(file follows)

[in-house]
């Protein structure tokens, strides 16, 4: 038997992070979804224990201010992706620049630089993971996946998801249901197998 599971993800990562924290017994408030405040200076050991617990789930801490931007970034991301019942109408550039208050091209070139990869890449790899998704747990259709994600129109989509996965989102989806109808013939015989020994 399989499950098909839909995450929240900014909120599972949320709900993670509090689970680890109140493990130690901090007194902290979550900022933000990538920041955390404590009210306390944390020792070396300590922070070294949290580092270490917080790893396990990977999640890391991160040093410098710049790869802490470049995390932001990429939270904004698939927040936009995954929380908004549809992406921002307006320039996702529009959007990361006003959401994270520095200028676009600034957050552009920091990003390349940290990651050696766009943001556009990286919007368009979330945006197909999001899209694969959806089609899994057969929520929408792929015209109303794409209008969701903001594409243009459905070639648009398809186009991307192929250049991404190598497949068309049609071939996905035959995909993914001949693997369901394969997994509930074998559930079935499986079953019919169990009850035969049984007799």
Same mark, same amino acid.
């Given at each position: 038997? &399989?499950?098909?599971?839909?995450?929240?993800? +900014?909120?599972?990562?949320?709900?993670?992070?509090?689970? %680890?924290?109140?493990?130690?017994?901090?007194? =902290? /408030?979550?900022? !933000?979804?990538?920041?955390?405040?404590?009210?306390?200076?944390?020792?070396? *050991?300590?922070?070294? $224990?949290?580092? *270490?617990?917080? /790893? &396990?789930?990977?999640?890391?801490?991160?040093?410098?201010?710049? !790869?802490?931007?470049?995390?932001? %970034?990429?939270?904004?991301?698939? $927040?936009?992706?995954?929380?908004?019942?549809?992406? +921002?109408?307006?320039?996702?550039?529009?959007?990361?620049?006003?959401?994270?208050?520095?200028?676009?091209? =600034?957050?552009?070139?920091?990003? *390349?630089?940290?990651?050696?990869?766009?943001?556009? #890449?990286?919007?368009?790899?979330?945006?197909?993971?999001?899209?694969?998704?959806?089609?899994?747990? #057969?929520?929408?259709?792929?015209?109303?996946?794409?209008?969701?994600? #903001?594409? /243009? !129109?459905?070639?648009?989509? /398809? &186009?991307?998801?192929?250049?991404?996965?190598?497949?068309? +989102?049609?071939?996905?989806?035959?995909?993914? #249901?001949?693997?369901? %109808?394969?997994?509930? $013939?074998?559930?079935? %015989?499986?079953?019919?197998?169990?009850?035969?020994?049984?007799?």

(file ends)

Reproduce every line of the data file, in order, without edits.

[in-house]
């Protein structure tokens, strides 16, 4: 038997992070979804224990201010992706620049630089993971996946998801249901197998 599971993800990562924290017994408030405040200076050991617990789930801490931007970034991301019942109408550039208050091209070139990869890449790899998704747990259709994600129109989509996965989102989806109808013939015989020994 399989499950098909839909995450929240900014909120599972949320709900993670509090689970680890109140493990130690901090007194902290979550900022933000990538920041955390404590009210306390944390020792070396300590922070070294949290580092270490917080790893396990990977999640890391991160040093410098710049790869802490470049995390932001990429939270904004698939927040936009995954929380908004549809992406921002307006320039996702529009959007990361006003959401994270520095200028676009600034957050552009920091990003390349940290990651050696766009943001556009990286919007368009979330945006197909999001899209694969959806089609899994057969929520929408792929015209109303794409209008969701903001594409243009459905070639648009398809186009991307192929250049991404190598497949068309049609071939996905035959995909993914001949693997369901394969997994509930074998559930079935499986079953019919169990009850035969049984007799």
Same mark, same amino acid.
């Given at each position: 038997? &399989?499950?098909?599971?839909?995450?929240?993800? +900014?909120?599972?990562?949320?709900?993670?992070?509090?689970? %680890?924290?109140?493990?130690?017994?901090?007194? =902290? /408030?979550?900022? !933000?979804?990538?920041?955390?405040?404590?009210?306390?200076?944390?020792?070396? *050991?300590?922070?070294? $224990?949290?580092? *270490?617990?917080? /790893? &396990?789930?990977?999640?890391?801490?991160?040093?410098?201010?710049? !790869?802490?931007?470049?995390?932001? %970034?990429?939270?904004?991301?698939? $927040?936009?992706?995954?929380?908004?019942?549809?992406? +921002?109408?307006?320039?996702?550039?529009?959007?990361?620049?006003?959401?994270?208050?520095?200028?676009?091209? =600034?957050?552009?070139?920091?990003? *390349?630089?940290?990651?050696?990869?766009?943001?556009? #890449?990286?919007?368009?790899?979330?945006?197909?993971?999001?899209?694969?998704?959806?089609?899994?747990? #057969?929520?929408?259709?792929?015209?109303?996946?794409?209008?969701?994600? #903001?594409? /243009? !129109?459905?070639?648009?989509? /398809? &186009?991307?998801?192929?250049?991404?996965?190598?497949?068309? +989102?049609?071939?996905?989806?035959?995909?993914? #249901?001949?693997?369901? %109808?394969?997994?509930? $013939?074998?559930?079935? %015989?499986?079953?019919?197998?169990?009850?035969?020994?049984?007799?």